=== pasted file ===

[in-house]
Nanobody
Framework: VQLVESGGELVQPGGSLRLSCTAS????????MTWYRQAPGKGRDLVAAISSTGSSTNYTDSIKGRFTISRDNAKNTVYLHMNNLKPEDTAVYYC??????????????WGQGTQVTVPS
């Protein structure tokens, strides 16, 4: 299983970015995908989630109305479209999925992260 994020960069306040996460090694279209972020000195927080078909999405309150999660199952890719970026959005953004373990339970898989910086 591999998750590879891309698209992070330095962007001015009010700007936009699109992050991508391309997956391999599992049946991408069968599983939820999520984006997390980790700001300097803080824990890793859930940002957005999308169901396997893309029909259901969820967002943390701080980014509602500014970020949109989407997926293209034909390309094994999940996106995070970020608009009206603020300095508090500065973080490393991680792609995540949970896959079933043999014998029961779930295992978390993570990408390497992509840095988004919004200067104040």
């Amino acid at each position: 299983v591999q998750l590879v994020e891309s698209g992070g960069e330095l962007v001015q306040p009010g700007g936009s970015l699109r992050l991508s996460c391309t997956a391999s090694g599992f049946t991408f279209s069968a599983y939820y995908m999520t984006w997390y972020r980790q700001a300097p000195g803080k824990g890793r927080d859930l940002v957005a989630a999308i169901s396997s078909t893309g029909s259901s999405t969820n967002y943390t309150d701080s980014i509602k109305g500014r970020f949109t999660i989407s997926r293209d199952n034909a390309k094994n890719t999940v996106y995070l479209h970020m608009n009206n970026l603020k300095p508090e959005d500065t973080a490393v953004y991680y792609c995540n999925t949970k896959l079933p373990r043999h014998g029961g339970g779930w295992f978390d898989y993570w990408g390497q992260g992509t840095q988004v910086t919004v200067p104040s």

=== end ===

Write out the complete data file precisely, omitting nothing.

[in-house]
Nanobody
Framework: VQLVESGGELVQPGGSLRLSCTAS????????MTWYRQAPGKGRDLVAAISSTGSSTNYTDSIKGRFTISRDNAKNTVYLHMNNLKPEDTAVYYC??????????????WGQGTQVTVPS
């Protein structure tokens, strides 16, 4: 299983970015995908989630109305479209999925992260 994020960069306040996460090694279209972020000195927080078909999405309150999660199952890719970026959005953004373990339970898989910086 591999998750590879891309698209992070330095962007001015009010700007936009699109992050991508391309997956391999599992049946991408069968599983939820999520984006997390980790700001300097803080824990890793859930940002957005999308169901396997893309029909259901969820967002943390701080980014509602500014970020949109989407997926293209034909390309094994999940996106995070970020608009009206603020300095508090500065973080490393991680792609995540949970896959079933043999014998029961779930295992978390993570990408390497992509840095988004919004200067104040």
């Amino acid at each position: 299983v591999q998750l590879v994020e891309s698209g992070g960069e330095l962007v001015q306040p009010g700007g936009s970015l699109r992050l991508s996460c391309t997956a391999s090694g599992f049946t991408f279209s069968a599983y939820y995908m999520t984006w997390y972020r980790q700001a300097p000195g803080k824990g890793r927080d859930l940002v957005a989630a999308i169901s396997s078909t893309g029909s259901s999405t969820n967002y943390t309150d701080s980014i509602k109305g500014r970020f949109t999660i989407s997926r293209d199952n034909a390309k094994n890719t999940v996106y995070l479209h970020m608009n009206n970026l603020k300095p508090e959005d500065t973080a490393v953004y991680y792609c995540n999925t949970k896959l079933p373990r043999h014998g029961g339970g779930w295992f978390d898989y993570w990408g390497q992260g992509t840095q988004v910086t919004v200067p104040s």